Tonight, to sell the illusion of America’s “limited military action” in Libya’s civil war, President Barack Obama insisted that America had a moral imperative to intervene militarily, implying he will do so wherever foreign leaders commit atrocities against their people. This latest mission in the name of “humanitarian imperialism” is extremely dangerous. In fact, if all goes well in Libya, it might be just as bad as if we fail.

Consider, for instance, if I walked through a wall of fire and came out the other side unharmed. Although I came out safe and sound, my decision to walk through the wall of fire was still misinformed. My good outcome was simply one among a host of potentially terrible outcomes. After all, if I were to walk through that wall of fire again and again, given the danger and level of risk, I would end up with many more bad outcomes than good outcomes.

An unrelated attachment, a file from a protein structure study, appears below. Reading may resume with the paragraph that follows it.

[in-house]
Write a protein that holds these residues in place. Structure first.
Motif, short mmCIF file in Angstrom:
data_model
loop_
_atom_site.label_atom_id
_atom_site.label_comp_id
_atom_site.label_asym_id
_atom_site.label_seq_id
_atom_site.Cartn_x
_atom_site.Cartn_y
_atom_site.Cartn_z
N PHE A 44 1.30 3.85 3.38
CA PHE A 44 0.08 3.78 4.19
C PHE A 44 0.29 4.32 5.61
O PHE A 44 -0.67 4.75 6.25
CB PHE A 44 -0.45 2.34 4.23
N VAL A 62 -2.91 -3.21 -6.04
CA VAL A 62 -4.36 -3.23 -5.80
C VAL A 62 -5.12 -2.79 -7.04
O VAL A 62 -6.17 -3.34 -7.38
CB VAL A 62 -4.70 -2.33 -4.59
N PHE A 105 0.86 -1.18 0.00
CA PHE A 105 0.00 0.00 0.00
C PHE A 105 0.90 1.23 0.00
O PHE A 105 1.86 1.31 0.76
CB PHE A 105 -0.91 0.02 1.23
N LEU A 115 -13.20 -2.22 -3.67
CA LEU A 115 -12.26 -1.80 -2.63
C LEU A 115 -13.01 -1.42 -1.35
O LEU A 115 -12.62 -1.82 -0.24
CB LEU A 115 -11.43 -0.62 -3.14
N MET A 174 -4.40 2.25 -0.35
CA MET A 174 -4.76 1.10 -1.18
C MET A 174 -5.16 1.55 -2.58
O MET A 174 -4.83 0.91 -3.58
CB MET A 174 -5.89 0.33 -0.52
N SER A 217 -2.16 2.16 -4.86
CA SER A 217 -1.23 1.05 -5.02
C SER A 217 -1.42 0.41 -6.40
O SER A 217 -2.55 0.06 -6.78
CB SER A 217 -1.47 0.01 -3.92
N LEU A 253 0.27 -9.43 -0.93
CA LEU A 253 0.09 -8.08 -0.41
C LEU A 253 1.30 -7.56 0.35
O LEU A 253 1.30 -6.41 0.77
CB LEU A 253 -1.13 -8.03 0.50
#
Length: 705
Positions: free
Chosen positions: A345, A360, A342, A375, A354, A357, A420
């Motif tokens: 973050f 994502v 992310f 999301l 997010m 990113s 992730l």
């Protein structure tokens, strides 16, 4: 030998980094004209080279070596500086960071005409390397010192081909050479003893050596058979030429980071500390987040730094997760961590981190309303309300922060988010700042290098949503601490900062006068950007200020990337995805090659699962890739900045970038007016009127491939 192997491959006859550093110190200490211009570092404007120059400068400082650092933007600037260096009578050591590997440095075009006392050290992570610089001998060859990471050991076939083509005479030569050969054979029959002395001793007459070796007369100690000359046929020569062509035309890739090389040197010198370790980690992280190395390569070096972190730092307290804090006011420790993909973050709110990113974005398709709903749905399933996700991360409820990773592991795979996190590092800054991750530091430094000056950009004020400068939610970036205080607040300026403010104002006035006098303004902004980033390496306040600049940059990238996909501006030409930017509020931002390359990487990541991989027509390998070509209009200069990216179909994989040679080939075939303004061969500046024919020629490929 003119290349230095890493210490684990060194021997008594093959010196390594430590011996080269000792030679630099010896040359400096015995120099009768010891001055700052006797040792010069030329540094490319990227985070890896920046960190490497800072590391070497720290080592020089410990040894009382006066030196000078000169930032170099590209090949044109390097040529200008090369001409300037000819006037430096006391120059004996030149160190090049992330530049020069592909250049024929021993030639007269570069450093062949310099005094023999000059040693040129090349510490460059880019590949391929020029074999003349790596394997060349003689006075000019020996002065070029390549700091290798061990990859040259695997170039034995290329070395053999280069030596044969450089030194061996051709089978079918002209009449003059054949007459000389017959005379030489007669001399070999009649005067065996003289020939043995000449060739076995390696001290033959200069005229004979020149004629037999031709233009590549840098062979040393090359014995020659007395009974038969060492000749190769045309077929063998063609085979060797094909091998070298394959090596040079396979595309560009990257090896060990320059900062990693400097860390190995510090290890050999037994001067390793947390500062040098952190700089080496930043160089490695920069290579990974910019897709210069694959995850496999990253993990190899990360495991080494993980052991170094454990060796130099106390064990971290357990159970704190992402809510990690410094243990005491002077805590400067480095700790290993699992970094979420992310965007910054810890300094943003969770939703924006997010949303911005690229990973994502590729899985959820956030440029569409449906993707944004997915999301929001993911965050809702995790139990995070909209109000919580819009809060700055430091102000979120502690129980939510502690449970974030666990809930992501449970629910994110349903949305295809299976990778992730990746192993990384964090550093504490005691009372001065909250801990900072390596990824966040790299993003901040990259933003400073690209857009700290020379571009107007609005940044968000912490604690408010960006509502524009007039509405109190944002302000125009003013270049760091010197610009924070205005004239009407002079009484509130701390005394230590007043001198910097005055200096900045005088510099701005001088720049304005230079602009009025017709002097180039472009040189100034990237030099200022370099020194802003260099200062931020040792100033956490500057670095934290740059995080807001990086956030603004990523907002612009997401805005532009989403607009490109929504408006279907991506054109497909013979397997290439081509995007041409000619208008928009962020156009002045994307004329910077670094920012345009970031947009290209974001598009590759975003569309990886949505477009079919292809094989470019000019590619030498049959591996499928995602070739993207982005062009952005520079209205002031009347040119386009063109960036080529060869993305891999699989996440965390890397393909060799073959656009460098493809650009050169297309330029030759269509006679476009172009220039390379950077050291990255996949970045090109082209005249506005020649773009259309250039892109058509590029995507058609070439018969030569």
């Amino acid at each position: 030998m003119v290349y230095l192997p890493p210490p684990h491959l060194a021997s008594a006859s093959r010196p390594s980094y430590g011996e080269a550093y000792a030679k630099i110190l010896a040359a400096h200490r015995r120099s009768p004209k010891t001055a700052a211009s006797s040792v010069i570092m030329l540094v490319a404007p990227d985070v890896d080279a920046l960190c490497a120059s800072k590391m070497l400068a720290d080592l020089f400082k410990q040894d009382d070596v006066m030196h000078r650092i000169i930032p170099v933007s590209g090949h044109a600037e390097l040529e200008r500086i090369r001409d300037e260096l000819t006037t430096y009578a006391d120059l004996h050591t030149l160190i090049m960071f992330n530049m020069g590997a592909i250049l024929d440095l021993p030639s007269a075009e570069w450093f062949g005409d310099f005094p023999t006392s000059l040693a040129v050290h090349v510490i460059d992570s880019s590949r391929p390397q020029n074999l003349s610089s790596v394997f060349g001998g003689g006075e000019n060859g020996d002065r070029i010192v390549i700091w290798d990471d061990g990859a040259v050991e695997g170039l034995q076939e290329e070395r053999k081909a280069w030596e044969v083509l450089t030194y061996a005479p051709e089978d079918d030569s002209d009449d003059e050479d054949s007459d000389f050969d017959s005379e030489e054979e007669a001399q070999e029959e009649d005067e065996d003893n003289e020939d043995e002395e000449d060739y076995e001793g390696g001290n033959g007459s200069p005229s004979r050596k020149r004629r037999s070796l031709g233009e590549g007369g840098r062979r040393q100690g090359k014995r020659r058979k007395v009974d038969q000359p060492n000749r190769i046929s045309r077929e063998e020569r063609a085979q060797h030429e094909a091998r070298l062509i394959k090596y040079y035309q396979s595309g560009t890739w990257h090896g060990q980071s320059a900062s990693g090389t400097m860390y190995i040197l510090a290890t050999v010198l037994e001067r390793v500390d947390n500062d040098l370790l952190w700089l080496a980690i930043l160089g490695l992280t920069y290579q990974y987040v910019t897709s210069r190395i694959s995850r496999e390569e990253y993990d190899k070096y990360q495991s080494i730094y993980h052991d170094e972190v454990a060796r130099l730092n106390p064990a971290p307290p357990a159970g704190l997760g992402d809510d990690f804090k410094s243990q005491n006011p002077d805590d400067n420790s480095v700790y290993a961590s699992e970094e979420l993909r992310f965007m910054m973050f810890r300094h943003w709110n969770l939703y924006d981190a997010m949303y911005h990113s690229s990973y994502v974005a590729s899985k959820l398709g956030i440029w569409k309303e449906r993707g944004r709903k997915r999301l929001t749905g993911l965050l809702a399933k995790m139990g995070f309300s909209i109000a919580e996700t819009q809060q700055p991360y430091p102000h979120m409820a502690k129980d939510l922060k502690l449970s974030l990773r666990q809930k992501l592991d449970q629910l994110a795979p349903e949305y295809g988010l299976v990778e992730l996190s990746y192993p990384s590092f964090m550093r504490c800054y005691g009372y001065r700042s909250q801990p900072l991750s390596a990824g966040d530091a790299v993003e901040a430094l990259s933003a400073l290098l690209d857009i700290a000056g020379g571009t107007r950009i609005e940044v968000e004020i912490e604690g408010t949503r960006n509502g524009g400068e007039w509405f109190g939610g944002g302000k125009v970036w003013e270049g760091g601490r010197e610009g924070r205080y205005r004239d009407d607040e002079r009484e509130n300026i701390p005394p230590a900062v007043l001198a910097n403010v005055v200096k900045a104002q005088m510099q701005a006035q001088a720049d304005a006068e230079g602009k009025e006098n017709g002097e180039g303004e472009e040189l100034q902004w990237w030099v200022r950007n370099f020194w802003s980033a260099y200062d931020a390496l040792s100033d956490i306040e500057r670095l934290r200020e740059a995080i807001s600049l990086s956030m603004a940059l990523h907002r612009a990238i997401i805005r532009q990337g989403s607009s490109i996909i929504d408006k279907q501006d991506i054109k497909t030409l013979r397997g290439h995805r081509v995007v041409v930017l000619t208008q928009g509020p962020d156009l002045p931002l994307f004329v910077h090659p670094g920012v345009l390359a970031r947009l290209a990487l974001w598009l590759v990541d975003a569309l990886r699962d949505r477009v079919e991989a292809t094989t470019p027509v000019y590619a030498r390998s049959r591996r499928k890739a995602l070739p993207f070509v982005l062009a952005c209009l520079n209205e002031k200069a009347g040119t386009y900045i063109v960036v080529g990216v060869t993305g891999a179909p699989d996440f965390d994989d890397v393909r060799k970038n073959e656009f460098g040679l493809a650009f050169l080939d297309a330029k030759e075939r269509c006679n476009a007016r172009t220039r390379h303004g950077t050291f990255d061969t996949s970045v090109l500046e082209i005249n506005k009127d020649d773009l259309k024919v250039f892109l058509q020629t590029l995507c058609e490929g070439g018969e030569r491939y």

In this respect, and in terms of our external security commitment to Libya, what matters is not necessarily a good outcome, but making a good decision in the face of various options. Thus, even a narrow and limited military engagement does not mean an absence of risk; one need only reference our “narrow and limited” military engagement in Vietnam to understand the danger of foreign gambles. If indeed our military can be ordered by the president to any corner of the globe, for the advance of human rights and in the absence of vital American interests, then the repercussions of our latest intervention could reverberate well beyond Libya.